His father was a miner, and taught him the skill so he could take over when he dies.
The 13 million tonnes of copper available at the foothills of Rwenzori Mountains can run the mines for up to 20 years.
But Kalisha, 51, is losing track of the years, reminiscing the luxury he enjoyed growing up, which he can’t afford for his eight children.
“Time came and I married but up to now I am dwelling in a very alarming life where I can`t afford to buy food for my family and I can`t afford to take my children to better schools even when I am staying in the former residence of the mines”, Kalisha narrates.
The ripple effect of these mines extended to a town in the east, Jinja, where the smelting plant stood just next to the electricity source. The ore was transported by train.
These broken silos at Kilembe Mines Limited in Kasese, western Uganda, contain decades of shuttered dreams. Once a thriving sector, employing 5,000 people, it contributed 30 per cent to the country’s gross domestic product. Today mining in general contributes 2.3 per cent
With new policy and World Bank conditions, a lagging divestiture of the mines at the time the metal’s prices were falling, and rebel activity by the Allied Democratic Forces, the machines went silent.
Since 1982, when mining stopped completely, no developer has dug into the depths of these mines or blasted ore from the opencast except for a brief stint between 2013 and 2018.
“They started working as you have seen and as you will see in the other places, but they didn`t fulfill all the conditions. So, they had to leave and as I said when they left, because of their failures, they went to court and we first had to settle court before we resume procurement”, Fred Kyakonye, CEO, Kilembe Mines Limited explains.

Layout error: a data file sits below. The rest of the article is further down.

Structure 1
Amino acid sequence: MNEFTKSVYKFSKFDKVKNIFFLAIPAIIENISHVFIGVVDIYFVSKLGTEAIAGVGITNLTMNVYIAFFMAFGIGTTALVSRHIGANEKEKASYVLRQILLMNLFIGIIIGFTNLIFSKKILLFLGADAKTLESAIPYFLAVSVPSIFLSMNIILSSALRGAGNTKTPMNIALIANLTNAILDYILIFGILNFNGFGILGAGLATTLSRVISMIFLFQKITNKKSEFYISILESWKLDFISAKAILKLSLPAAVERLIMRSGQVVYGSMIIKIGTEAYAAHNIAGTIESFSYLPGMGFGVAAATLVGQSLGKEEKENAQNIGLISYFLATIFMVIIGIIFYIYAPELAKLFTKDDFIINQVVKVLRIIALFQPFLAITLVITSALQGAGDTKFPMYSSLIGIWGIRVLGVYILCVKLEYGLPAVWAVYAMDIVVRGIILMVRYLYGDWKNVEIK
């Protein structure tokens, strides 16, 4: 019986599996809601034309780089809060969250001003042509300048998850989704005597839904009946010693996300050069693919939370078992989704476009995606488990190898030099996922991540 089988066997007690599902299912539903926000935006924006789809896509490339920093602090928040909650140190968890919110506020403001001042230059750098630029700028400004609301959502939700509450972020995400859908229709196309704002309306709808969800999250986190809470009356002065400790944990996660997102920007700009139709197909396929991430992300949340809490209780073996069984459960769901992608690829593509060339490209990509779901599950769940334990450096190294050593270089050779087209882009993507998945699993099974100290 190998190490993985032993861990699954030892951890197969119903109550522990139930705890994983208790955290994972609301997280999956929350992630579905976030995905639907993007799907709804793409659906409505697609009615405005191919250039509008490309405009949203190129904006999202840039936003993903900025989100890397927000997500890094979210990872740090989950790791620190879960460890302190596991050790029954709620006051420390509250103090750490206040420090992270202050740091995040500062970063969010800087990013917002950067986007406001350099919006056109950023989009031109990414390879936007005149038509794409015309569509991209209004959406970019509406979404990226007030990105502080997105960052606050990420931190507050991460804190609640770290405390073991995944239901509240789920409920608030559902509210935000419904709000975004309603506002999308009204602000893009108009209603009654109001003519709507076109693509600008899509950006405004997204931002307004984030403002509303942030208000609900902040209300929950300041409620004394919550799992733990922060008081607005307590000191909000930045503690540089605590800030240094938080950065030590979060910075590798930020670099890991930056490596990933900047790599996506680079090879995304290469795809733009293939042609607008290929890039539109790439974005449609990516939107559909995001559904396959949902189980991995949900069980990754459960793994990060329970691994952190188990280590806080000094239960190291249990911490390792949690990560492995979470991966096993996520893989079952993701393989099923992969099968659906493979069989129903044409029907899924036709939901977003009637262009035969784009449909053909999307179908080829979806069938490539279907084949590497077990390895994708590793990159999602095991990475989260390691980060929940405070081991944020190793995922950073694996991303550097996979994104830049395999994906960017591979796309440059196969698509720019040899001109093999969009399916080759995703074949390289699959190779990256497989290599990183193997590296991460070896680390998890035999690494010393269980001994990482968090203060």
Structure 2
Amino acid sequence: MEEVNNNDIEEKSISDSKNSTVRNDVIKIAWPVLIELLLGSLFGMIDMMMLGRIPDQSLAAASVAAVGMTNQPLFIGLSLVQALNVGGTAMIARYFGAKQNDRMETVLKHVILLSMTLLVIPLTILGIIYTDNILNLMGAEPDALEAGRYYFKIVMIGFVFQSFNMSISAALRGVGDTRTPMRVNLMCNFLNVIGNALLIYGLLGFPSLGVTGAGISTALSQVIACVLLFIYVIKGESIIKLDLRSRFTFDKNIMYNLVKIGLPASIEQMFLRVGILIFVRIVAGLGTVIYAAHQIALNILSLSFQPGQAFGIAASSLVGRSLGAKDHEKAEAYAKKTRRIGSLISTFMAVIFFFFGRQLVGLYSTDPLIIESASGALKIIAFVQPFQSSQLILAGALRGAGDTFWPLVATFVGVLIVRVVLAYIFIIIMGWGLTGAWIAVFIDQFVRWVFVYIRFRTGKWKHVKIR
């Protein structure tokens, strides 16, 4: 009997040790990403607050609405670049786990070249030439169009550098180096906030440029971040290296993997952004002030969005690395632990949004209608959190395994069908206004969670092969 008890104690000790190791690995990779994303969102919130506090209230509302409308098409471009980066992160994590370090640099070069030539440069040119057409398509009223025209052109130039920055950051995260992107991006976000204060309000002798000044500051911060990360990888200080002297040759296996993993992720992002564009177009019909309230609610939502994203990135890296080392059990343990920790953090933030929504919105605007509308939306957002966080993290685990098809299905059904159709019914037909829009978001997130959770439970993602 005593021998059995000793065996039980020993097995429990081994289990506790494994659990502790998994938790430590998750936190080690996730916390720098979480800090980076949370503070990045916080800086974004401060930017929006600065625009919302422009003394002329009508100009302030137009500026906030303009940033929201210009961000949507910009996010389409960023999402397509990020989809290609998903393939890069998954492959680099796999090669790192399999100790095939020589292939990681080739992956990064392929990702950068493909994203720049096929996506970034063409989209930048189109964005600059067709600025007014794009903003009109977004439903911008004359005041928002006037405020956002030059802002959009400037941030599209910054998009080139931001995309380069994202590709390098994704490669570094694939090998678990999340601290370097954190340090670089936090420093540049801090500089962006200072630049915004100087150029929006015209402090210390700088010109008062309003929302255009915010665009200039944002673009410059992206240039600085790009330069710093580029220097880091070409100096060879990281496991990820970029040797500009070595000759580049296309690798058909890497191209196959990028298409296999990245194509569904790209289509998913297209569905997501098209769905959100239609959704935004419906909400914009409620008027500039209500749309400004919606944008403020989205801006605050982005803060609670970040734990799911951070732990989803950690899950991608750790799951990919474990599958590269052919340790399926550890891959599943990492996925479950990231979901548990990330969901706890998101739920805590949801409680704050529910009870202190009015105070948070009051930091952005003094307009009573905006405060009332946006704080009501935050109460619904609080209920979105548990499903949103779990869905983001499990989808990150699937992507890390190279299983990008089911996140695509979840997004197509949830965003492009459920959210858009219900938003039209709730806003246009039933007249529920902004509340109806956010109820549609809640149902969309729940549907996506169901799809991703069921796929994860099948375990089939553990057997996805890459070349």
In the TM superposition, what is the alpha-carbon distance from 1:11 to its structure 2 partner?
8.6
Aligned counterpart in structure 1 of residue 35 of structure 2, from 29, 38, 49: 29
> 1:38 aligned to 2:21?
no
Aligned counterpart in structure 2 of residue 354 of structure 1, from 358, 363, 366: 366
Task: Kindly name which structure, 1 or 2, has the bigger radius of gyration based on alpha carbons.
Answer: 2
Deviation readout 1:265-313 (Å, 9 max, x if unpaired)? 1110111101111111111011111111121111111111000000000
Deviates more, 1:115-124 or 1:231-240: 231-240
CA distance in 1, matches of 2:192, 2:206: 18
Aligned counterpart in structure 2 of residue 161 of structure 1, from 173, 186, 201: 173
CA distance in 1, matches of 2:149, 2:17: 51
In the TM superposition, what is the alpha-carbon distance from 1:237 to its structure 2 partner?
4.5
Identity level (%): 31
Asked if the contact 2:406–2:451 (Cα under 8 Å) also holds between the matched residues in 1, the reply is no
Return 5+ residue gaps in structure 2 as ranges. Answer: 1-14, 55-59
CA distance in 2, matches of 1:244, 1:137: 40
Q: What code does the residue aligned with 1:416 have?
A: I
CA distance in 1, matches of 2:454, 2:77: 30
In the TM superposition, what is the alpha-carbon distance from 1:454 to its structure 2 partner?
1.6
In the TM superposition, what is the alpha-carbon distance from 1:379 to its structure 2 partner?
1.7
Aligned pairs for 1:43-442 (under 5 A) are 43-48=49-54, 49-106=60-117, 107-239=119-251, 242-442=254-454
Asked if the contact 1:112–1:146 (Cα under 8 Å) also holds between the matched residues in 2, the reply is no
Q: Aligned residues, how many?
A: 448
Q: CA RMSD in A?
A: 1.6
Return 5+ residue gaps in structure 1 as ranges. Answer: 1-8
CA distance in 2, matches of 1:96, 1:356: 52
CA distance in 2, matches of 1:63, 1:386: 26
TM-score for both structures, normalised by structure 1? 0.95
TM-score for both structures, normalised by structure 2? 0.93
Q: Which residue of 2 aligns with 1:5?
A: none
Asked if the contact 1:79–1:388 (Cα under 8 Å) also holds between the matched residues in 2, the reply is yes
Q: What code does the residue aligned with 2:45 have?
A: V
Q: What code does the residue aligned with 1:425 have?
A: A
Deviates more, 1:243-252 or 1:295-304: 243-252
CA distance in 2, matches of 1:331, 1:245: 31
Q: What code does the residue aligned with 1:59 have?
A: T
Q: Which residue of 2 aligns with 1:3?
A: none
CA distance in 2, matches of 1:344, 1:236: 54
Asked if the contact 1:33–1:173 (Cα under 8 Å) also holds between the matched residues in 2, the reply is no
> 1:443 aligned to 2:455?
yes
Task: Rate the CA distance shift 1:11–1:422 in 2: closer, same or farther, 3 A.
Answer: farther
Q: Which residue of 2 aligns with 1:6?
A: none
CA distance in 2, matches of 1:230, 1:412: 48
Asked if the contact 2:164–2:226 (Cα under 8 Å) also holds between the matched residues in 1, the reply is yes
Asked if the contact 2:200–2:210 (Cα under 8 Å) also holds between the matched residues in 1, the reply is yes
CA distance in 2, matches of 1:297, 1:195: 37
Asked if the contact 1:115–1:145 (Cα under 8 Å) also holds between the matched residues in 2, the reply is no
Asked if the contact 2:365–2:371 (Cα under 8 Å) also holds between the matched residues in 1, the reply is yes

In August 2022, the ministry of finance issued a procurement and disposal notice shortlisting seven bidders – China Railway No. 10, Gingko Energy, Jervois Global, Liaoning Hongda T/A Wagagai Mining, Montal-Engil Uganda, Sarrai Group, and Sinomine Power China) – who succeeded in the expression of interest for the development of Kilembe Mines, and listed eight companies that failed.
At the same time, the government released $1 million to revamp the mines before picking an investor. Most of the work done here is drainage of water from the pits.
As geologist Alex Kwatampora explains, “the underground is really in bad shape. It is flooded up to 4,300 feet above sea level. So, there is a lot of work to be done before we can say copper is going to be produced in February – that is not true.”
Asked to predict when production is likely to resume, Kwatampora explains that “I only see if a very good developer does a good job, in 2025. It is possible if he uses what is already there and actually repairs it but if he is to completely change the processing system then it can even take longer.”
New technology is expensive and a prospect must demonstrate the financial muscle of $360 million to be considered further.
This large stretch of mineralization extends to the Democratic Republic of Congo, where copper and cobalt hoard is accumulating following a standoff between China’s CMOC Group Ltd and the government (Bloomberg).
Kyakonye emphasizes that “there are a number of copper bodies but for Kilembe Mines, the copper which is there, is still economically minable or exploitable.”
Globally, cobalt, which was shunned then has now picked pace with more competitive prices. But there are also several alternatives to these metals.
Copper now costs $7,963 per ton.
There may be deposits elsewhere around the country, but here at Kilembe, copper ambitions rest on expertise and infrastructure.
Raziah Athman, for Africanews, in Kasese, Western Uganda
Source: Africa News